Following in the footsteps of FX’s previous dramas, like Donald Glover’s Atlanta and Ryan Murphy’s Feud, Snowfall hooked me from the beginning. With the warm tones highlighting a hot Los Angeles summer paired with a soundtrack straight from the 1980s, Boyz N the Hood director John Singleton takes you back to the middle of the cocaine epidemic during the early 1980s in LA.
While the origin of Snowfall is based around crack-cocaine in South Central LA, the pilot introduces us to the many characters who will become central to the cause. The cast is undeniably talented and their charisma and chemistry is one of the main reasons I’m excited to return to my television every week. However, during the pilot episode, I felt like each characters’ introductions warranted more time.
We’re first introduced to Franklin Saint, played by British actor Damson Idris. I honestly could watch an entire episode of just Franklin’s storyline, Idris is just that good. Franklin is a smart young street entrepreneur trying to make the best out of his situation in South Central. I’d describe him as a dealer with a heart of gold. Despite living in a rougher neighborhood, Franklin was able to attend a nice suburban high school on scholarship. After graduation, he opted out of college to move back in with his mother (Michael Hyatt). He decided not to go to college because, while well-liked in high school, he felt like an outsider and didn’t want to go through that in college as well.
Franklin wants to do good by his mother so he works two jobs, one which his mother knows about. By day he’s a convenience store clerk and by night, a weed dealer for his uncle. It’s not until Franklin visits a rich friend from high school that he learns the real money is in cocaine.
While renewing his friend’s supply, Franklin finds himself at a mansion in the Valley. There, he comes face-to-face with a potbelly, Speedo-wearing cocaine hustler named Avi (Alon Aboutboul). After almost putting a bullet in Franklin’s skull, Avi takes a chance on him after Franklin says he can sell a brick in a night, which is worth $12,000. Through some trials and tribulations, and another gun pointed at his head, Franklin gets it done. You honestly can’t help but root for the kid.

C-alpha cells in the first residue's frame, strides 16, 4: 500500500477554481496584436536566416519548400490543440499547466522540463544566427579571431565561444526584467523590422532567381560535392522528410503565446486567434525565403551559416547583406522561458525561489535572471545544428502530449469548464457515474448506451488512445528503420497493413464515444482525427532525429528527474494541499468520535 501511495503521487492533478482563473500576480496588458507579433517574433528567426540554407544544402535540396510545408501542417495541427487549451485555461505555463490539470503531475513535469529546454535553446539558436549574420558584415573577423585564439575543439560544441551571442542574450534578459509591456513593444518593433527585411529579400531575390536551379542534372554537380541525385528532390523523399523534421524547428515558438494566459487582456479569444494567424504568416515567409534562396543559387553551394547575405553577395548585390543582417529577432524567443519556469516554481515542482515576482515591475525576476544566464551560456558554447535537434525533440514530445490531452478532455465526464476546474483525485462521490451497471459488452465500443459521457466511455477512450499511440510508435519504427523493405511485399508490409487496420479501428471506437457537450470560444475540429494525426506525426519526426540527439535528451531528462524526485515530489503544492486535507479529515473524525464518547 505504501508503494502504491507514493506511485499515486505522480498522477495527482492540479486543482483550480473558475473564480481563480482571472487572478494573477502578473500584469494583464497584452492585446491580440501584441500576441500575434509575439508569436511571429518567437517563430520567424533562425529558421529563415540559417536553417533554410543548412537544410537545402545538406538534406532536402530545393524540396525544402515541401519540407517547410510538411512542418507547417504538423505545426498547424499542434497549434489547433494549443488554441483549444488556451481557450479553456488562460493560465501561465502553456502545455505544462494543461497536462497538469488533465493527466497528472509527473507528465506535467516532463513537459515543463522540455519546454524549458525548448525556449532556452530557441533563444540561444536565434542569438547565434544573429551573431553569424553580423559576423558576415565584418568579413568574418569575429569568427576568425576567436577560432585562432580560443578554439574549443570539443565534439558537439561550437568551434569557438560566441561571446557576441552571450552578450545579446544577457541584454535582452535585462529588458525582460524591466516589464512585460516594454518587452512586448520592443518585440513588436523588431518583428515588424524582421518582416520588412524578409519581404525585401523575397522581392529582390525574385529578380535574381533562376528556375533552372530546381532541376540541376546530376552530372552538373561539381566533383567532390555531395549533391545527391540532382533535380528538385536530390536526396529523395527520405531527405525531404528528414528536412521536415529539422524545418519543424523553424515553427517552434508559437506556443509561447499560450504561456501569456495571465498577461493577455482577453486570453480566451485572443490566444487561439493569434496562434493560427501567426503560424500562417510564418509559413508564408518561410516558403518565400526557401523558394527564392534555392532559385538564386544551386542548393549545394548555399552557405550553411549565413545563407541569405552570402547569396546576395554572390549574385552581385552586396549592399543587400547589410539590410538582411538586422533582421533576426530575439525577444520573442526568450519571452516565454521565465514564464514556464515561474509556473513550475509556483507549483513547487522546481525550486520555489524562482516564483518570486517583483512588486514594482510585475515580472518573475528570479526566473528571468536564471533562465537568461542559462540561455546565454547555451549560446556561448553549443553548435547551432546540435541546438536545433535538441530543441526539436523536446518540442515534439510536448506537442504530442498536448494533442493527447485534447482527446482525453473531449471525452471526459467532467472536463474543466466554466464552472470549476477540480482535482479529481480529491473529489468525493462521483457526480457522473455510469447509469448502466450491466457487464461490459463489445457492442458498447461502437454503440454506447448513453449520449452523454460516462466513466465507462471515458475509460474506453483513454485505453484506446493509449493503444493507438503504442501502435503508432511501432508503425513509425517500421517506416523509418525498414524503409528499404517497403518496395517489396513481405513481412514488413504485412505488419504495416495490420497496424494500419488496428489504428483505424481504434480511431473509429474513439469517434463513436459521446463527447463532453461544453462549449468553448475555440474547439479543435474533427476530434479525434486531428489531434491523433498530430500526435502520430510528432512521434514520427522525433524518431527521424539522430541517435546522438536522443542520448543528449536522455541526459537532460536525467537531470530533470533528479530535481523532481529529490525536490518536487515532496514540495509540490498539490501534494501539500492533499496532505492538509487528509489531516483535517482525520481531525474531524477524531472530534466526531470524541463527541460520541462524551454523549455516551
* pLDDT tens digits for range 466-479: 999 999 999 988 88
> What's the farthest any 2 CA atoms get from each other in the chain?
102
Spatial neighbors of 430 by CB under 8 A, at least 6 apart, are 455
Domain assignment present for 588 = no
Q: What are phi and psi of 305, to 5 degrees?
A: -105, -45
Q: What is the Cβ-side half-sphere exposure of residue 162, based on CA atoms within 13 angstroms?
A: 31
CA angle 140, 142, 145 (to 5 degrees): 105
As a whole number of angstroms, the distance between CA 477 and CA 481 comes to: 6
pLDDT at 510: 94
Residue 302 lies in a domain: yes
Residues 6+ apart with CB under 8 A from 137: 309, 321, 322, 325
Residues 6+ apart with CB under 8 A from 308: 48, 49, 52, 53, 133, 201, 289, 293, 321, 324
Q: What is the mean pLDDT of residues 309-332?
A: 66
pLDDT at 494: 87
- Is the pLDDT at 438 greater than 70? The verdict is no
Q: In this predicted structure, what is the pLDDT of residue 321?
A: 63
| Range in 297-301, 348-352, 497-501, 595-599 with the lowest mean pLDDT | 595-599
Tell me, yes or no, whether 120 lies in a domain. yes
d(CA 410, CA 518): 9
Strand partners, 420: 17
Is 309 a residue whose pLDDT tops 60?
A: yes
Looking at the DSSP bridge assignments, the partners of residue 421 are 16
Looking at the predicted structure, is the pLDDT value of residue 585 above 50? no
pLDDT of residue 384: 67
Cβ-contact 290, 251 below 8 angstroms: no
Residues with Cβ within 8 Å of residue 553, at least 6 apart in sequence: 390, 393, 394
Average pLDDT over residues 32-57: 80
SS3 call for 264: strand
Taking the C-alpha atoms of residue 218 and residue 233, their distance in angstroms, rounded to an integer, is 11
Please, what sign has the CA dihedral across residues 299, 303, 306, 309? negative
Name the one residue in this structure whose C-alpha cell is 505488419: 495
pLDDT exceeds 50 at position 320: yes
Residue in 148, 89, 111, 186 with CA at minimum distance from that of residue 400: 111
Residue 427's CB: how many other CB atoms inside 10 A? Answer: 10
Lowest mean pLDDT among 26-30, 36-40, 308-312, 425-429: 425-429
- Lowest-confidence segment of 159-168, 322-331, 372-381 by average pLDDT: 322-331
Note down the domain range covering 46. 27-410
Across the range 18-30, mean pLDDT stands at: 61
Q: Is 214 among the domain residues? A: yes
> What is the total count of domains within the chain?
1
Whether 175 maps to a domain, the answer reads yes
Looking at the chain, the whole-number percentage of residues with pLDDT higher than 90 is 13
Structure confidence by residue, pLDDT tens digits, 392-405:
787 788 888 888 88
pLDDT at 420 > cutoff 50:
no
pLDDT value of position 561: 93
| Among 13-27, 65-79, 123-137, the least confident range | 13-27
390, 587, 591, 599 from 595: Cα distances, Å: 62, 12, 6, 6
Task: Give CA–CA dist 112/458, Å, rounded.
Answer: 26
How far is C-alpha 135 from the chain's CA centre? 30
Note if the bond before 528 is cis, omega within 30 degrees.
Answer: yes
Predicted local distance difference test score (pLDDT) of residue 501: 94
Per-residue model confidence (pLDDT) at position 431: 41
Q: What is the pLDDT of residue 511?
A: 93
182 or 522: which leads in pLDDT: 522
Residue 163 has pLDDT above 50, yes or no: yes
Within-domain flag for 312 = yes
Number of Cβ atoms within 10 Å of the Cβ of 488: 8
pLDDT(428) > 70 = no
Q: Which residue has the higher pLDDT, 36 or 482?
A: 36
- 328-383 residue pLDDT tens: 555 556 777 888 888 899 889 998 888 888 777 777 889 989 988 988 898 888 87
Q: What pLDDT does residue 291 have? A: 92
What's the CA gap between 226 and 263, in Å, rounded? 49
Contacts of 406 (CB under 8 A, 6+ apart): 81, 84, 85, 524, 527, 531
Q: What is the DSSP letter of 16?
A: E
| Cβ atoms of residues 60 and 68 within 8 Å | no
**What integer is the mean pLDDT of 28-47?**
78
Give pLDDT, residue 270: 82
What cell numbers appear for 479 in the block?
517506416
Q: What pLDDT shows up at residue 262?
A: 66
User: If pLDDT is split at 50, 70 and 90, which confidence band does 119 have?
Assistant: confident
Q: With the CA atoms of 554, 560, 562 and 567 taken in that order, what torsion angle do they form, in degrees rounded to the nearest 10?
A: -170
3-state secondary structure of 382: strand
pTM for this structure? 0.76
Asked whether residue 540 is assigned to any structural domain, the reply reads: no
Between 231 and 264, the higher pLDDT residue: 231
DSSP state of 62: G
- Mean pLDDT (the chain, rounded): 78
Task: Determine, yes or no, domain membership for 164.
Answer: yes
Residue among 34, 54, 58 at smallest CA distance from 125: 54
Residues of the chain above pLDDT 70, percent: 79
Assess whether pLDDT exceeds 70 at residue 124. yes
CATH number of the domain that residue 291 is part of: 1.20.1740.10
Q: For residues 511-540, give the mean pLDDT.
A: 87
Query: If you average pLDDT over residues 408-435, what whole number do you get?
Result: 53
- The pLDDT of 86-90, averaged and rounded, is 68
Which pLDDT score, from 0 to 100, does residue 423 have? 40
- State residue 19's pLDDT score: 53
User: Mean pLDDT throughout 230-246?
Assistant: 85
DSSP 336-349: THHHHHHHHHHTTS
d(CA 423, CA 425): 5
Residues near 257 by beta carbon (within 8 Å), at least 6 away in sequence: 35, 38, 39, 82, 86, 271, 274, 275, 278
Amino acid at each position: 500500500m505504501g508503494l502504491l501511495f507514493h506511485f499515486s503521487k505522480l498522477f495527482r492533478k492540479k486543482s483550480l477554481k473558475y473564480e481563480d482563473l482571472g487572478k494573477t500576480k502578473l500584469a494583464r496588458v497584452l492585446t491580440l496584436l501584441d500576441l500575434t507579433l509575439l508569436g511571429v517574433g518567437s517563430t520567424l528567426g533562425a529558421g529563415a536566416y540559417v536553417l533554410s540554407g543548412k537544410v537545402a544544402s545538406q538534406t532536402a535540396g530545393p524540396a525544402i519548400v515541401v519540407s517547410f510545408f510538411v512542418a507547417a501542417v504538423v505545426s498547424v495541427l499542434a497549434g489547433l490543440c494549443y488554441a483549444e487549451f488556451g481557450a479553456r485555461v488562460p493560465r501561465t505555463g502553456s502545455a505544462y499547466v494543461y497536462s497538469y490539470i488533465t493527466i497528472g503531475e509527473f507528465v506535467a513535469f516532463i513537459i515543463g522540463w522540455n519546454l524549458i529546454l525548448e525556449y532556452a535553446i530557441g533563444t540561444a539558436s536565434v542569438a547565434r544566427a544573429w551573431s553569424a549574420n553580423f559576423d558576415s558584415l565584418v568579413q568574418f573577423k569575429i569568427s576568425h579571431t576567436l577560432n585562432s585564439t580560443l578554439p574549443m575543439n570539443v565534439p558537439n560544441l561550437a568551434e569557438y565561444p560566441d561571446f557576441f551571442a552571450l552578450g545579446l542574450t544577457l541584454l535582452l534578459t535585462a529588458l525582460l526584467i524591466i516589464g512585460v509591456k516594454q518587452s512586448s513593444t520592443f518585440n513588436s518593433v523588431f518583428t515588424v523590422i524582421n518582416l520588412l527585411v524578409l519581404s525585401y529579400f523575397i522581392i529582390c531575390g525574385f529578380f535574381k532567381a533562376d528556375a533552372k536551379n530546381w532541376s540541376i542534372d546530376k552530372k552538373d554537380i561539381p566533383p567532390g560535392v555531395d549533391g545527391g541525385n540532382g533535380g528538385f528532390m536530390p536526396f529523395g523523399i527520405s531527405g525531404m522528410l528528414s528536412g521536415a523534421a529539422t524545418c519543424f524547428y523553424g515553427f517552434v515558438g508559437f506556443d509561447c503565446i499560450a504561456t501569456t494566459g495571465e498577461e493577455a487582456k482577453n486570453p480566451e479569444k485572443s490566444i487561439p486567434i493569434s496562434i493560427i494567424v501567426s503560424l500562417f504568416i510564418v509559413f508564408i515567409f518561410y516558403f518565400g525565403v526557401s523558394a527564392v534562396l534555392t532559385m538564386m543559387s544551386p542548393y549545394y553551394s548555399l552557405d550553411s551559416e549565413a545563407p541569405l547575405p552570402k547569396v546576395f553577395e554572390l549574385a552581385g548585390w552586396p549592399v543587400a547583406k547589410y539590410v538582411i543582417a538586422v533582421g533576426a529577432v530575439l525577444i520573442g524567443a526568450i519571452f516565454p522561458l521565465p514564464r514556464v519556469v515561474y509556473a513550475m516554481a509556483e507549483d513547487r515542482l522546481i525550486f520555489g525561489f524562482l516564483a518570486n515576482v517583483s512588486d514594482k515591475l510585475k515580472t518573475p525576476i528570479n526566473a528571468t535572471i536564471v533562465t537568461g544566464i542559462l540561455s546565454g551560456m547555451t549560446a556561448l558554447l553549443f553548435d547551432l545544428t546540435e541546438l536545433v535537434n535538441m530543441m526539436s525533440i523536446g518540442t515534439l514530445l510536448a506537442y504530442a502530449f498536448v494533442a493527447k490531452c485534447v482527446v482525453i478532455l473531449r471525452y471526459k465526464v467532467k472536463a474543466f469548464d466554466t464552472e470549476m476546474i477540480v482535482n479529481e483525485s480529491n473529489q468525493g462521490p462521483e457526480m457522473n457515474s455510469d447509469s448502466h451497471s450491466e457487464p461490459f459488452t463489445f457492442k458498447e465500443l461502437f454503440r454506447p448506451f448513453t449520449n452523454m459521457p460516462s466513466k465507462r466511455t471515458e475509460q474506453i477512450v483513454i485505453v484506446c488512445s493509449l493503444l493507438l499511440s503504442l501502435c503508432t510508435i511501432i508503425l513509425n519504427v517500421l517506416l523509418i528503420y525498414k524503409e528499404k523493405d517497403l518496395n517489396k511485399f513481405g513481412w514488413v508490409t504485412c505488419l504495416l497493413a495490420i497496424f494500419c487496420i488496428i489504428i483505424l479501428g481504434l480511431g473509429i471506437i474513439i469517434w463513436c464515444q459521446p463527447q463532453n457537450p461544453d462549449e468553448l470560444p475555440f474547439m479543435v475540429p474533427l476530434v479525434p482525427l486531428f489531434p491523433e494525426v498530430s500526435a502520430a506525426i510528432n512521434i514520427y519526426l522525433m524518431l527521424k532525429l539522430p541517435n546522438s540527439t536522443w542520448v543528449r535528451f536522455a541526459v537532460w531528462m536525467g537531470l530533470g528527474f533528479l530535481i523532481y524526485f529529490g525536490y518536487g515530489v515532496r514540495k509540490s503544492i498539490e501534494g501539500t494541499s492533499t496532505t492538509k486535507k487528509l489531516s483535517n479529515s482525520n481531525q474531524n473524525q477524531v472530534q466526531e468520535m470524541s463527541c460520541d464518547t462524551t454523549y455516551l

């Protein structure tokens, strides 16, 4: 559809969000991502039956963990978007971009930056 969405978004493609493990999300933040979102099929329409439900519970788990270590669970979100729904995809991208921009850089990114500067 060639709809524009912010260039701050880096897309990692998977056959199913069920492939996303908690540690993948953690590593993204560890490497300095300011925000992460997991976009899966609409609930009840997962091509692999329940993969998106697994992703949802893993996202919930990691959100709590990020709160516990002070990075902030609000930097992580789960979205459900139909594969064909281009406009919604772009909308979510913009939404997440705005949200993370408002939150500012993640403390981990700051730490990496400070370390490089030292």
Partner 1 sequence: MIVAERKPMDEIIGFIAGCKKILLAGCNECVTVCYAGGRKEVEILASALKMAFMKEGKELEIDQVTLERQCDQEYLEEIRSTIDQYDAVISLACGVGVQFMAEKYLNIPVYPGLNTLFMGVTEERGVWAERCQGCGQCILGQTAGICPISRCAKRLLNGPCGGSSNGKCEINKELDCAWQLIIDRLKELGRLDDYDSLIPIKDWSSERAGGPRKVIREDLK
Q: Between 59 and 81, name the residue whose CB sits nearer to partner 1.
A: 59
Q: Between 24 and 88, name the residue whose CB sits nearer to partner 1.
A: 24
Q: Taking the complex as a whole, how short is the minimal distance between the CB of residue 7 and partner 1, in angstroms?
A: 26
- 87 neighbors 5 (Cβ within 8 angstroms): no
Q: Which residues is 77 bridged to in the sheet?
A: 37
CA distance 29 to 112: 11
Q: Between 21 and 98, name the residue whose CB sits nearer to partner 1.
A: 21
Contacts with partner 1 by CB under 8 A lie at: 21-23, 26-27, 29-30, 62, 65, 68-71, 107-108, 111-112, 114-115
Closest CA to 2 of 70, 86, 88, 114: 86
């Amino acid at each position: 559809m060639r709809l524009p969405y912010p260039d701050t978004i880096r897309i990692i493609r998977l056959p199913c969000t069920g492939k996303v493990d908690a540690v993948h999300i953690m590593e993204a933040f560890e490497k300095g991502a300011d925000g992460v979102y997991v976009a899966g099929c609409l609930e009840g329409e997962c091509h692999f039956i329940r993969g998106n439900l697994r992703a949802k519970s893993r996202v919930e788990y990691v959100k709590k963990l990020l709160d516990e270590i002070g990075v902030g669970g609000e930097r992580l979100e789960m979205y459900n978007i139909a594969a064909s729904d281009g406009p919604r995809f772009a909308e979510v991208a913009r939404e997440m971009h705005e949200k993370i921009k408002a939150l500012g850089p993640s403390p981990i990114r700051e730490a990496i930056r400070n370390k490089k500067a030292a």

The second storyline focuses on Teddy McDonald (Carter Hudson), a CIA operative who was exiled from the agency. McDonald starts running an off-book operation to fund the Nicaraguan Contras with a Contra soldier named Alejandro Usteves (Juan Javier Cardenas). While this storyline first confused me, I was slowly able to pick up the pieces by the end of the episode. Based on the real Contra scandal, McDonald and Usteves’ storyline isn’t as cut-and-dry as Franklin’s, which makes it imperative that you pay attention to understand the inner workings of their operation.
The final, and probably least developed storyline so far, is that of Gustavo Zapata (Sergio Peris-Mencheta), a Mexican wrestler in the middle of a power struggle within a Mexican drug cartel. The head of the cartel’s daughter, Lucia (Emily Rios), is plotting to seize control and is using Gustavo’s feelings for her to do just that. I am interested to see how Gustavo’s role plays out compared to the other more developed characters.
Even though the entire show could succeed on Franklin’s storyline alone, Snowfall is definitely one to look out for come awards season. With its amazing soundtrack, tough material, and multiple fresh-faced stars leading the pack, Snowfall could make the same impact Atlanta did.